Click photo to enlarge
The Toyota Scion FR-S front view.

With the Scion brand going away, the Scion FR-S will become the Toyota 86. There's a reason for this name, but my guess is it is so hard to find a new name to trademark that the number works just fine for Toyota.

Whatever its name, the car disproves the theory that fun is a function of price. Since when I tested it, the car was still a Scion, that's what it's called here. But expect all the bits of wisdom about it to apply to the Toyota 86 as well.

For less than $30,000, you get a car capable of driving much faster in the twisty bits than most drivers can handle. Granted, you are giving up top end and acceleration to the more expensive sports cars, but the FR-S is still fast enough to get the attention of the local constabulary.

Much as Mazda's Miata brought back the joy of the classic British roadster (without the "joy" of Lucas Electronics) the FR-S brings the joy of a GT to a younger and not-yet-affluent customer. It also does it in a package so attractive that you don't even have to drive hard to draw appreciative looks

The car is a shared vehicle between Toyota and Subaru, a couple of car makers that understand a bit about racing and performance. Mechanically they are identical, and there is very little difference at all between them.

Underneath this beautiful body is a flat "boxer" engine located in the front, but in classic sports car tradition drives the rear wheels. It is a 2.0-liter engine generating 200-hp. and 151 lb.-ft. of peak torque. This may not sound like much, but this is a very light vehicle, and performance isn't about power as much as its about power-to-weight ratios.


The power flows through either a six-speed manual or automatic transmission. I must apologize for being prejudiced, but the manual is almost a necessity. Sure, the automatic works fine. But cars trying to do what folks will want to do in an FR-S do it so much better with a manual transmission. Either transmission includes a limited slip differential keeping the power effectively where it should be. That because this Torsen unit sends the power to the wheel with the most available traction.

The FR-S is an extremely attractive GT coupe and that doesn't take into account its price. The lines are classic grand touring car, with a very long hood, short overhangs outside of the wheels, and aerodynamics that make the car look even faster than it is, but in a good way. It's a car that will continue to warm the cockles of your heart for years to come. It will also earn you style points with everyone except the serious pickup truck person.

The same holds true inside, where you don't sit in it as much as you become a part of the interior. This is also an essential feature of sports cars, whether they have a roof or not. From behind the wheel of this Scion it is easy to have "Star Trek" moments of being an intergalactic fighter pilot.

For 2016 there is little difference from the 2015, but a couple added features. The object is to up the "premium-ness." This means a couple new colors, as well as upgrades to the interior accents. More importantly, there is a new standard audio system, which adds some connectivity features and most worthwhile, a standard rearview backup camera. This is something which is probably essential on cars in America, so it's good to see it coming on specialty cars such as this Scion.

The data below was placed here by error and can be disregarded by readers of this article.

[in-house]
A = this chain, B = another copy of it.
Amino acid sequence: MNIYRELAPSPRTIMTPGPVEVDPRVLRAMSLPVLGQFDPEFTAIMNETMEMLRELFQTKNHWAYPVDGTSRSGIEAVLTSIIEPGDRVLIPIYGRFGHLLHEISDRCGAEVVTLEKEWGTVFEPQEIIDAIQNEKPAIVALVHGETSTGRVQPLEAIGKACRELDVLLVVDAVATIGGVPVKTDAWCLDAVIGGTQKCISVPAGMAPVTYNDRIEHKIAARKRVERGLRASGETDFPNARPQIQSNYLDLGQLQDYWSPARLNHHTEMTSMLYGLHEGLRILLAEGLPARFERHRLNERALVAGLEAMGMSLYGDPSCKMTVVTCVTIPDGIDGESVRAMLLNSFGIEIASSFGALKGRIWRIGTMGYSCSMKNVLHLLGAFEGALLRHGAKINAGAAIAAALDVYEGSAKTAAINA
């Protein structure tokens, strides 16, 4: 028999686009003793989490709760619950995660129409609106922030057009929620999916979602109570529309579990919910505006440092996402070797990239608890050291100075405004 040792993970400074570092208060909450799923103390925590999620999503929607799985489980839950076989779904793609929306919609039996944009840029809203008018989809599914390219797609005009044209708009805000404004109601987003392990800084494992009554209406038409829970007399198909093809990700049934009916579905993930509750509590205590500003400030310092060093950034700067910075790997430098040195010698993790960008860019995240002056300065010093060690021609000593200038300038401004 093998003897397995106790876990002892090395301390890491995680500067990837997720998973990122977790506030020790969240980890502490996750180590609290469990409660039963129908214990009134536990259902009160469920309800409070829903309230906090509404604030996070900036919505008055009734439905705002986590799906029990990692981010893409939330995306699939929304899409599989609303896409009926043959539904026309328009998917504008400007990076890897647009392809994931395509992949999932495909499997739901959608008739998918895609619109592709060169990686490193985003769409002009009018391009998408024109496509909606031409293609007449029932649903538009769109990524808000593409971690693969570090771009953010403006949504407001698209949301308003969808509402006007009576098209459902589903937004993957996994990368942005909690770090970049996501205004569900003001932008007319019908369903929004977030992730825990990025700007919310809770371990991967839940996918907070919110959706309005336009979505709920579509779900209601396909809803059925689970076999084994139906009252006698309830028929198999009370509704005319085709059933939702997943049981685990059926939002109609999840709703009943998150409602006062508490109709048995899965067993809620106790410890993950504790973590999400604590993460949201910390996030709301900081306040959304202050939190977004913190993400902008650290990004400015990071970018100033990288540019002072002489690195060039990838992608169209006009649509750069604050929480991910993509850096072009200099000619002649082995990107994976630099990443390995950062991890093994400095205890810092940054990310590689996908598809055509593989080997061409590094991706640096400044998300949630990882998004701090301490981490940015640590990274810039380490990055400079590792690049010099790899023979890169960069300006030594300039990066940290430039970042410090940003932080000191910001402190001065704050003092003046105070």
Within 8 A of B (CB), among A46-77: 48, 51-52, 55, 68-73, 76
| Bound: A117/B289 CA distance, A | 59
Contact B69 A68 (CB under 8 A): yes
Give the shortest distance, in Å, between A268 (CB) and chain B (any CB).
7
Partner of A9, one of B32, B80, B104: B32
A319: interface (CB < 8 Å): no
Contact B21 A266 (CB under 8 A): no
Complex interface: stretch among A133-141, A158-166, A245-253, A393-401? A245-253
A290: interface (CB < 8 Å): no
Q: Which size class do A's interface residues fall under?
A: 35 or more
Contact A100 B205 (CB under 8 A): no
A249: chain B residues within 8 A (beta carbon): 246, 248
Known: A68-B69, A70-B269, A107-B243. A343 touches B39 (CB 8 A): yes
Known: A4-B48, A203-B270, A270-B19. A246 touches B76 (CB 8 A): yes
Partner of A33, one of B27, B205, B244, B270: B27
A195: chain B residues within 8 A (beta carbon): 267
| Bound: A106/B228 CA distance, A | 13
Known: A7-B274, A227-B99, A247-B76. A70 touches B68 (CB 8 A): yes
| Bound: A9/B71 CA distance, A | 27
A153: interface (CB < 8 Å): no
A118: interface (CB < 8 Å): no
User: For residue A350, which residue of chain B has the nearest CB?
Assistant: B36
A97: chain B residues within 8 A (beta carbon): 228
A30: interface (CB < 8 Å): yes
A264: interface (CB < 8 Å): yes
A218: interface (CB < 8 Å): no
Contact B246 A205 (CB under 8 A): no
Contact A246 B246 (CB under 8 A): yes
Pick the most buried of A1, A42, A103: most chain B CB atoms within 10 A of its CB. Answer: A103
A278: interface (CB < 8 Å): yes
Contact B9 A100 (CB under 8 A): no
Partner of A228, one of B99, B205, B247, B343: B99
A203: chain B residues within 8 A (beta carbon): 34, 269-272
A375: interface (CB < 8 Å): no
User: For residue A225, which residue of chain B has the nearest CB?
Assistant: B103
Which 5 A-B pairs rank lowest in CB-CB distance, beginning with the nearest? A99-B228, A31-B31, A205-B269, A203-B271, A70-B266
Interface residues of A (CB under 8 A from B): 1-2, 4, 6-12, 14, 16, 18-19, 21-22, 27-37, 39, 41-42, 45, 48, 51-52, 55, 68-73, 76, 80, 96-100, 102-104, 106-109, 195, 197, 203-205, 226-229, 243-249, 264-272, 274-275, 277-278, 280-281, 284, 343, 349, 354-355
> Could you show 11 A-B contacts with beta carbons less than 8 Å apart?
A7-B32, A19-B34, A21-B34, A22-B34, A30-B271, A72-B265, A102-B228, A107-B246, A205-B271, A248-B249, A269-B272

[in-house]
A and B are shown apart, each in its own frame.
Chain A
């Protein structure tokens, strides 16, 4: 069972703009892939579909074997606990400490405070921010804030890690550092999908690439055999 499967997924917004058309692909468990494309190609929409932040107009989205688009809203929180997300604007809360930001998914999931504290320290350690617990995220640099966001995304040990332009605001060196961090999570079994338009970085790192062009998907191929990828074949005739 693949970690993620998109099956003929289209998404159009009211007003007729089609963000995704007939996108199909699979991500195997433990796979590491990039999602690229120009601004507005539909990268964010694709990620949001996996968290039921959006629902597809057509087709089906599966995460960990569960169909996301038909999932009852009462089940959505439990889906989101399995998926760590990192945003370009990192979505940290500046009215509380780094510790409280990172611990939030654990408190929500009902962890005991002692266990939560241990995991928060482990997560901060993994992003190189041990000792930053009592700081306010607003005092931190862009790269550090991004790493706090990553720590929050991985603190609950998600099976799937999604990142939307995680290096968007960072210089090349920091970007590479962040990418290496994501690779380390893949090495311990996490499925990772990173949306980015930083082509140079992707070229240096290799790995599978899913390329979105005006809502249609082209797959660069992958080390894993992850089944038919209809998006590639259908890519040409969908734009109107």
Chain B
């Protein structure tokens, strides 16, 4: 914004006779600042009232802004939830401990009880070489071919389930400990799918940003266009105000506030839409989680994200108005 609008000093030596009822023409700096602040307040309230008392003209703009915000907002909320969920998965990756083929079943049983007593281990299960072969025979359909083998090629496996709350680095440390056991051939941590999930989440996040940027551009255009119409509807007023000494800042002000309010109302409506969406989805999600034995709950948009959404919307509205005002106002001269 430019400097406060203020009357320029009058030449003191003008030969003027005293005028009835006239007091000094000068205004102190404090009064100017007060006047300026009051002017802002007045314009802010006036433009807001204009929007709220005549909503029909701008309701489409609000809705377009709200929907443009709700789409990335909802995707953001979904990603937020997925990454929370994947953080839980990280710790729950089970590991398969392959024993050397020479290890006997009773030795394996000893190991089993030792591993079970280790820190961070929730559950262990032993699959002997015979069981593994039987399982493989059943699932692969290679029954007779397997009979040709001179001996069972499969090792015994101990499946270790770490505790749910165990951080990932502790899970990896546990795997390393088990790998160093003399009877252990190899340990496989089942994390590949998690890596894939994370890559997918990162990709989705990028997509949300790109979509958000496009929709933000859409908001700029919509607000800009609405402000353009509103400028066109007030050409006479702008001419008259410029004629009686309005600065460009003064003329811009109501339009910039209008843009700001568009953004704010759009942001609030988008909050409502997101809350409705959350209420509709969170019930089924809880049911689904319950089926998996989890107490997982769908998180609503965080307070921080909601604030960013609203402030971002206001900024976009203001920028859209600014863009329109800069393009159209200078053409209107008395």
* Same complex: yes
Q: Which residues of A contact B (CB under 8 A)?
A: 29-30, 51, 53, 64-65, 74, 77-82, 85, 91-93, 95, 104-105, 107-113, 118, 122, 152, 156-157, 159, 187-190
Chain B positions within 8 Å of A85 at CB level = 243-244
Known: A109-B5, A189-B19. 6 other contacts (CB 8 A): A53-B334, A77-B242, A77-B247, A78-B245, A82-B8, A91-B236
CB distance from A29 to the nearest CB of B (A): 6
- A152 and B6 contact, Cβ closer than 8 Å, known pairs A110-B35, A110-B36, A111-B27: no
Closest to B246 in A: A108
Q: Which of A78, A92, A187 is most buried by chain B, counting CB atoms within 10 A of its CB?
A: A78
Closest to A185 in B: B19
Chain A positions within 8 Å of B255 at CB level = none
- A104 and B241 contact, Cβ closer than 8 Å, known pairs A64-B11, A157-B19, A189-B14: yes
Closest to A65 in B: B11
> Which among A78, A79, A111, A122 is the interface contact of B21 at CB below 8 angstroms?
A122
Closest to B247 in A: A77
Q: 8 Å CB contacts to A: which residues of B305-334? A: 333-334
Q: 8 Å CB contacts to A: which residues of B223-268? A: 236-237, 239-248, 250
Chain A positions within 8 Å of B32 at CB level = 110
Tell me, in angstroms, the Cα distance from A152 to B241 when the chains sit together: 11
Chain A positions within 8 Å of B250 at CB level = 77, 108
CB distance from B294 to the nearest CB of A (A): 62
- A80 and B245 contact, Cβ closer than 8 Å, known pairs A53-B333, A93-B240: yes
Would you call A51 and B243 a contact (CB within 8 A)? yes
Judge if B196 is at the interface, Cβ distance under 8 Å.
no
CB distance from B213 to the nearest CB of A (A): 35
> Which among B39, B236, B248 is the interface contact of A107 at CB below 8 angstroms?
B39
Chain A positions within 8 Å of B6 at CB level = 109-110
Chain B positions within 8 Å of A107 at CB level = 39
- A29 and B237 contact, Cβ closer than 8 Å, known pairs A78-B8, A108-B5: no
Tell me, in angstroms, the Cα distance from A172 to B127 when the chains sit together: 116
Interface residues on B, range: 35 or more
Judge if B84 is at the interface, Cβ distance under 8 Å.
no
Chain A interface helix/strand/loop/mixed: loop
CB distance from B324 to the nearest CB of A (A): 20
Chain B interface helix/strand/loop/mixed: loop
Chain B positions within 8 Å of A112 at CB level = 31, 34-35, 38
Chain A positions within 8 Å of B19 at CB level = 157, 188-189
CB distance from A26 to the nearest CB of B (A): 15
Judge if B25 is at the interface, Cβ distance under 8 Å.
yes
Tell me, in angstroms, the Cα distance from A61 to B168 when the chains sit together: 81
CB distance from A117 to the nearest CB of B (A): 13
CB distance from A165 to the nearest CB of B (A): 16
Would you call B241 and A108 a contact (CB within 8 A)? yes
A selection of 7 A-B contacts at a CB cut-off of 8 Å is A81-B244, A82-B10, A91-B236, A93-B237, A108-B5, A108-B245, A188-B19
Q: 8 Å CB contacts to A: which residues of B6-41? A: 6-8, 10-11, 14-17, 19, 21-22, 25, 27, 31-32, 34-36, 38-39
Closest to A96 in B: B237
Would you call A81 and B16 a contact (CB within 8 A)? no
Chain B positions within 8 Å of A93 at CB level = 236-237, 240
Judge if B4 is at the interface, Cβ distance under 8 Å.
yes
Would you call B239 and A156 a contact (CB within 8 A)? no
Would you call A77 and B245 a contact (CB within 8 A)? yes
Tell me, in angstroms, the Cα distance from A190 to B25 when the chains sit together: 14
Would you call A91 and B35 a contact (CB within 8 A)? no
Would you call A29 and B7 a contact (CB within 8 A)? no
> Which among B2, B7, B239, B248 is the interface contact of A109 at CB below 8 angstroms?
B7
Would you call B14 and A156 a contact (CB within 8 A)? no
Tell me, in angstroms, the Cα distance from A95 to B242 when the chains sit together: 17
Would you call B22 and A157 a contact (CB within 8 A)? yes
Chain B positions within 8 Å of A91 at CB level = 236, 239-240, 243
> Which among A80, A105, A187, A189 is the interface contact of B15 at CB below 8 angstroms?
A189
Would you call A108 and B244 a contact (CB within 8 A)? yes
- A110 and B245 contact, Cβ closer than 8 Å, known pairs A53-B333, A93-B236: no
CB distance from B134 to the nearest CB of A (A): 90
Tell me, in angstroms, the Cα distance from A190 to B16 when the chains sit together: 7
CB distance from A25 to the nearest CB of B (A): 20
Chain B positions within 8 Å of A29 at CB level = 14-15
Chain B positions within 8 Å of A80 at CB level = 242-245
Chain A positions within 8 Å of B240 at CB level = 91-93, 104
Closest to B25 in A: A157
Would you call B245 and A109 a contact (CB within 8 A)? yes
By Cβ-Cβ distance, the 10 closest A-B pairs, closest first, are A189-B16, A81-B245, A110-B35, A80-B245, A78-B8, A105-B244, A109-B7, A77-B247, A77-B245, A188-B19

This new standard audio system uses a large seven-inch touchscreen as well as voice recognition technology. Naturally there is Bluetooth hands-free and audio streaming, HD Radio and USB ports. That makes it easy to reference song titles, album name and artist name right on the head unit.

The Pioneer system uses eight-speakers including tweeters, mid-range and full-range speakers, while a separate two-channel amplifier is designed to drive power to the door-mounted woofers.

This is a car that will be bought mostly by people who either appreciate those quality-oriented touches, or are dating someone who does. But this is a car that is more about the driving rather than the riding experience.

That's because the nicely rigid front suspension, and retuned rear shocks. These mean improved damping, which reduces body roll, keeping the tires flatter on the road. This is a car that is a pleasure to drive, because it is a car which you must drive. Pointing it down the road is a waste. In my view this is not a car to buy because you look good in it, or think you will. Buy it because it makes our driving time more interesting, and probably ends up making owners better drivers.

While it will deal with city traffic and long-distance driving comfortably, it's those special jaunts through the twisties that define the essence of the FR-S. While if you are that kind of driving, doing those roads quickly is exhilarating, but this car on those roads are delightful at any speed. You just feel more a part of the process, more connected to the road and what the car is doing than in less sporty cars.

Granted there is a price to pay for this. It is small, you'll never get a car seat in the rear of it, and you won't be the one driving around groups of friends. This is a creator of joy, not convenience.

Should you step outside the bounds of physics, the FR-S come standard with six airbags, including driver and front passenger dual-stage advanced airbags, driver and front passenger seat-mounted side airbags, and front and rear passenger side curtain airbags. There are other standard safety assists, including anti-lock brakes, electronic brake distribution, traction control, brake assist, vehicle stability control and smart stop technology.

Prices for all this fun begin at $25,305 with a six-speed manual transmission or $26,405 with a six-speed automatic transmission add $795 for delivery, and an FR-S is yours.

Live a little. You can spend more than that on an econ-box.

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